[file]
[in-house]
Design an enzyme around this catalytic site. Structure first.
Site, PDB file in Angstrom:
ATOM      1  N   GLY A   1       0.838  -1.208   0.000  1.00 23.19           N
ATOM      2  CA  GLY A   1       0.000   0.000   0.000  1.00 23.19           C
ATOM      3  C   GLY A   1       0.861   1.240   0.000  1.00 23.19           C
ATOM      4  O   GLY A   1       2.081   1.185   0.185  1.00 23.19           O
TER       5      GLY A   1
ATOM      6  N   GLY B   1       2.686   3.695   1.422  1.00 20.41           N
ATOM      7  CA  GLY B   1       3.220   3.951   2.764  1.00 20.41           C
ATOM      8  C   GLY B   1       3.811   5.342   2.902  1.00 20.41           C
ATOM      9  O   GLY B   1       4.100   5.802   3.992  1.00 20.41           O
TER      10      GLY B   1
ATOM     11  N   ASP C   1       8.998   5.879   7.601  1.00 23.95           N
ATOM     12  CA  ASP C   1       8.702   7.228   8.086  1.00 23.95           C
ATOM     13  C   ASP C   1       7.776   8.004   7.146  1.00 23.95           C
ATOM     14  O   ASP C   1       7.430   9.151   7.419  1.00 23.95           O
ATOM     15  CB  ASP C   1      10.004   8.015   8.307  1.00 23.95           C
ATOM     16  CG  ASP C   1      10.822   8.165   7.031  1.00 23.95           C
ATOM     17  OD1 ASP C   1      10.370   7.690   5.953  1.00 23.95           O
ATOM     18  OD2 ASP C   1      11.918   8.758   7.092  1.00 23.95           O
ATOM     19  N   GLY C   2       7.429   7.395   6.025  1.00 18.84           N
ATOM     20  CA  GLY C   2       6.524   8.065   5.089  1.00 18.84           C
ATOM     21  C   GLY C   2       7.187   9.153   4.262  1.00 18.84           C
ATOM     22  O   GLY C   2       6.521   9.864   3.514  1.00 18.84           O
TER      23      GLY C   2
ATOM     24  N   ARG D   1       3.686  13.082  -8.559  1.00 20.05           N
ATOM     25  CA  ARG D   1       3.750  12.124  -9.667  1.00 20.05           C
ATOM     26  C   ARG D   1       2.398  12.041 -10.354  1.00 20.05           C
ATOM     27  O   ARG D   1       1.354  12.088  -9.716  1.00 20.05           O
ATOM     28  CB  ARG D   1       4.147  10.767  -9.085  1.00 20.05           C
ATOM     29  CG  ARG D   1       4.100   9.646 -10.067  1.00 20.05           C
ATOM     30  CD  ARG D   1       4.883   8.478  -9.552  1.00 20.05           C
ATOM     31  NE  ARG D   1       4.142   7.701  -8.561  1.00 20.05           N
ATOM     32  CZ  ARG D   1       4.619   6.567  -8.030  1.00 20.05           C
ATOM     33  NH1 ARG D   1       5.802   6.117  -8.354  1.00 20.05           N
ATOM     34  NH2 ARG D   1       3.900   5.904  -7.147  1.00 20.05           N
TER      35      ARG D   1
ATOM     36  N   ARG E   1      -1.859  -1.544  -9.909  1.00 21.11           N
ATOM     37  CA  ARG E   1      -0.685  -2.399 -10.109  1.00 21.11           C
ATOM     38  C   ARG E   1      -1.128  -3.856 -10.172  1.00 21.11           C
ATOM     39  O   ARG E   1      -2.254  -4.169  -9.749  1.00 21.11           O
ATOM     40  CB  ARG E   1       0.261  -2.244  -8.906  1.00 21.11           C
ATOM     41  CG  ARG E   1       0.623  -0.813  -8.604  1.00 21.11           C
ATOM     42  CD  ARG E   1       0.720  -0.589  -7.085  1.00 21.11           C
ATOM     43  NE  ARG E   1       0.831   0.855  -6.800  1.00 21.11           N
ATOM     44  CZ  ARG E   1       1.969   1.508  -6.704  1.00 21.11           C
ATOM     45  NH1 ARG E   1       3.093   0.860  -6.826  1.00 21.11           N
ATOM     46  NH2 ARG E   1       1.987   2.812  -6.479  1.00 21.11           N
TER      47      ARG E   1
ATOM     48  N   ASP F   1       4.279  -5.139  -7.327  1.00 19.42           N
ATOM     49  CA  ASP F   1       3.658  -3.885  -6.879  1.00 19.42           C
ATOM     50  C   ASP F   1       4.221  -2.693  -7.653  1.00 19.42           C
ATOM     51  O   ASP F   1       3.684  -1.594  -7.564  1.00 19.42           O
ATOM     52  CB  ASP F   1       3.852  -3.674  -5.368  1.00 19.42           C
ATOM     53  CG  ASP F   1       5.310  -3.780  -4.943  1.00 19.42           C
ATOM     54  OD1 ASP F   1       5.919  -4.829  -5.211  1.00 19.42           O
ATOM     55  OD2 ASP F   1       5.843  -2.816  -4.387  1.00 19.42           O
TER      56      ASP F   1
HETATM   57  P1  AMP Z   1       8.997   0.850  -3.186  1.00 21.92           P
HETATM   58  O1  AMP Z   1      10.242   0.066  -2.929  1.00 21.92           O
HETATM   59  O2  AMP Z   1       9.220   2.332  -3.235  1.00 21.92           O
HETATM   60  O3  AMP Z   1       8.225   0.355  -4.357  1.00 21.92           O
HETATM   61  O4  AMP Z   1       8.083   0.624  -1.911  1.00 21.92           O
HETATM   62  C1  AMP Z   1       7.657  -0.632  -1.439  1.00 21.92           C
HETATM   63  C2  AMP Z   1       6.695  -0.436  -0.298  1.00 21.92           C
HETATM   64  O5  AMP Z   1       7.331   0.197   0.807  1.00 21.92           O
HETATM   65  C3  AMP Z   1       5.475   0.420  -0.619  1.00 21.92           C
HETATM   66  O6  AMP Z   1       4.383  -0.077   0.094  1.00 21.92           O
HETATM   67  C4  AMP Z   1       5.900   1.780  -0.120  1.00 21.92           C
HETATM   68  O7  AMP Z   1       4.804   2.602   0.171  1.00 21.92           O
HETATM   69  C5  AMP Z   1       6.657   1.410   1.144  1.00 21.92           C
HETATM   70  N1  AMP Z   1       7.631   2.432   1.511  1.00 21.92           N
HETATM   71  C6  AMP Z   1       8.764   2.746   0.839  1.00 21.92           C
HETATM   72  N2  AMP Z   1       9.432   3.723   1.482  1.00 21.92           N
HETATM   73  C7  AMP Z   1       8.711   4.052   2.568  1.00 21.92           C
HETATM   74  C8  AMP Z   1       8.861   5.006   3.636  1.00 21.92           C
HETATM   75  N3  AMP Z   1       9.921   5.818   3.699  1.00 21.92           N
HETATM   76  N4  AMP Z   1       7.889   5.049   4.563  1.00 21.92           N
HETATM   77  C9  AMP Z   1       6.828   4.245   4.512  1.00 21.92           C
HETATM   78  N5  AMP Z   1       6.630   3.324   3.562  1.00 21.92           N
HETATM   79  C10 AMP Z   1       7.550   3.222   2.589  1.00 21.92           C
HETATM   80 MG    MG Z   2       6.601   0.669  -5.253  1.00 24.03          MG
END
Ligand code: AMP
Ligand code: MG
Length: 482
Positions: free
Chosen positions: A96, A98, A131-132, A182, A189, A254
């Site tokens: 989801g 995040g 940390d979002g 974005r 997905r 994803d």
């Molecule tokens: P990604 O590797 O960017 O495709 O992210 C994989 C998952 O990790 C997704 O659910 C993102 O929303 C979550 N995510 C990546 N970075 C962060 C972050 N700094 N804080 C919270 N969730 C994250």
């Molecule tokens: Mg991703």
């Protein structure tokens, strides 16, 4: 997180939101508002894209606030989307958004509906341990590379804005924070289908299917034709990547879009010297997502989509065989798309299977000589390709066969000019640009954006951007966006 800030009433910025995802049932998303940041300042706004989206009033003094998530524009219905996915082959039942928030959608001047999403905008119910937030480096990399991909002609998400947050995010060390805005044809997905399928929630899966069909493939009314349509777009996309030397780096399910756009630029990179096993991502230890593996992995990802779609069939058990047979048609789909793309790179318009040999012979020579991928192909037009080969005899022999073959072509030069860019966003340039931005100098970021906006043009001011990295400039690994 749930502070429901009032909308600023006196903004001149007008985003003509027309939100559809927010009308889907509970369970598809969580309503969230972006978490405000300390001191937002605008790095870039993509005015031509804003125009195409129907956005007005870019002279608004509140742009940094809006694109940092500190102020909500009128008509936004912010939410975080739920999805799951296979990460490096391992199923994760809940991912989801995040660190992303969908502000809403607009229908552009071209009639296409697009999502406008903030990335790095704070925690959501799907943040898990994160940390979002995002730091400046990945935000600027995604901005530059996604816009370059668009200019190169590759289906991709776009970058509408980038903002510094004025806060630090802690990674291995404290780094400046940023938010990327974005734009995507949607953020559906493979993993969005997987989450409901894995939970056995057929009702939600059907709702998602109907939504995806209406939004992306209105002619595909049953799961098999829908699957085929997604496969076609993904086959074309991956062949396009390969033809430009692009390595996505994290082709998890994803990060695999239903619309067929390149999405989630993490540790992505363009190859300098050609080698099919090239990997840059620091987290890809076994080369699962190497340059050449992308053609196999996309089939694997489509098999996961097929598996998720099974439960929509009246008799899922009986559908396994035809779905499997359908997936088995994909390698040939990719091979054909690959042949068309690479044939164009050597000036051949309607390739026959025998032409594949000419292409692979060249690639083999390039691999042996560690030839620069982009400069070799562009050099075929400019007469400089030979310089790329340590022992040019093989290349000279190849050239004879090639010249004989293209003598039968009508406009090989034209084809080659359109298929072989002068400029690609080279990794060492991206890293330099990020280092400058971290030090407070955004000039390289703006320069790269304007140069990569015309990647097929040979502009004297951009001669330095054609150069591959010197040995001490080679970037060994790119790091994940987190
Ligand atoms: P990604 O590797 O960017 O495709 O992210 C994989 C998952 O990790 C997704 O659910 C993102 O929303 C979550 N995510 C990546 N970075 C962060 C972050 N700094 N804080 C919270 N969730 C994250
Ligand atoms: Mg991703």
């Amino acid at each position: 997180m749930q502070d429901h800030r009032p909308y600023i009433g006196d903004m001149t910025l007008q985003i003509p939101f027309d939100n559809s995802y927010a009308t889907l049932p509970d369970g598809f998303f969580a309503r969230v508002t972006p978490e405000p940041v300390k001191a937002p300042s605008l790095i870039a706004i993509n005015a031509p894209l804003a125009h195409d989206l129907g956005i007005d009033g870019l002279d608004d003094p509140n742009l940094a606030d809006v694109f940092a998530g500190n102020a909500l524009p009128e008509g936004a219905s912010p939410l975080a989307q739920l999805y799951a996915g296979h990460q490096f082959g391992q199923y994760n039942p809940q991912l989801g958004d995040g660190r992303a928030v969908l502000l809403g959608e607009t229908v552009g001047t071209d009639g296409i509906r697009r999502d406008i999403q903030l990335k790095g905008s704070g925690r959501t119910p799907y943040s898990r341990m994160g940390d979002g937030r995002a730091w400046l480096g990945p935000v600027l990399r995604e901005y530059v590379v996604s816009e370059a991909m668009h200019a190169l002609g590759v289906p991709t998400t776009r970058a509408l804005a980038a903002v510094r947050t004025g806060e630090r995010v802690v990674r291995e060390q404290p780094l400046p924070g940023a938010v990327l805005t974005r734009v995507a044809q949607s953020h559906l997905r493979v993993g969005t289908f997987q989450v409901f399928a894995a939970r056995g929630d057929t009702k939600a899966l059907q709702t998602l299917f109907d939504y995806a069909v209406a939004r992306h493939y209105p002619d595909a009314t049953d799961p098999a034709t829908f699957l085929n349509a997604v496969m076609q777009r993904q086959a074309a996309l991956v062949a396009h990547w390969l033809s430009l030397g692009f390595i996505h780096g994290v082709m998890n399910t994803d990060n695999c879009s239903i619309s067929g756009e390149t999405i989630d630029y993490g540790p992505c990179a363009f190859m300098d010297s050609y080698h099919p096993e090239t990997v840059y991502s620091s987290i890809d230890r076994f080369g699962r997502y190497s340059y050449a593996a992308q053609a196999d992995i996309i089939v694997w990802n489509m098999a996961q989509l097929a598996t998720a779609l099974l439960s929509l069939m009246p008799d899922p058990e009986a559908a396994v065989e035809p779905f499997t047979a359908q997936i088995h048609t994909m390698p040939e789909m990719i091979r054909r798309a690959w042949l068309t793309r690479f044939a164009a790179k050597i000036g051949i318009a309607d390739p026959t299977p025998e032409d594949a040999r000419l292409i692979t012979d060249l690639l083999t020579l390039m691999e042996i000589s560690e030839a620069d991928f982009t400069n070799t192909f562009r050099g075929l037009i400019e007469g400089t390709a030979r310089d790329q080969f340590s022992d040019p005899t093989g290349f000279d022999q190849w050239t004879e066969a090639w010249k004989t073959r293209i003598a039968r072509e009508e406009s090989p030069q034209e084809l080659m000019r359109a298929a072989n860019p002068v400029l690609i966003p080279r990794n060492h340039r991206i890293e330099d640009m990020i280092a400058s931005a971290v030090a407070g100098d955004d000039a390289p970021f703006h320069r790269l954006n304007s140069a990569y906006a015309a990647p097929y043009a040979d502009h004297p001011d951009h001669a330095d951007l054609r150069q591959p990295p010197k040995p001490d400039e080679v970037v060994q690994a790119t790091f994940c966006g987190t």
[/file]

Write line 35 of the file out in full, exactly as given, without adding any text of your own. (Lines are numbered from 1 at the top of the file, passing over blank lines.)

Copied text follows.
ATOM     32  CZ  ARG D   1       4.619   6.567  -8.030  1.00 20.05           C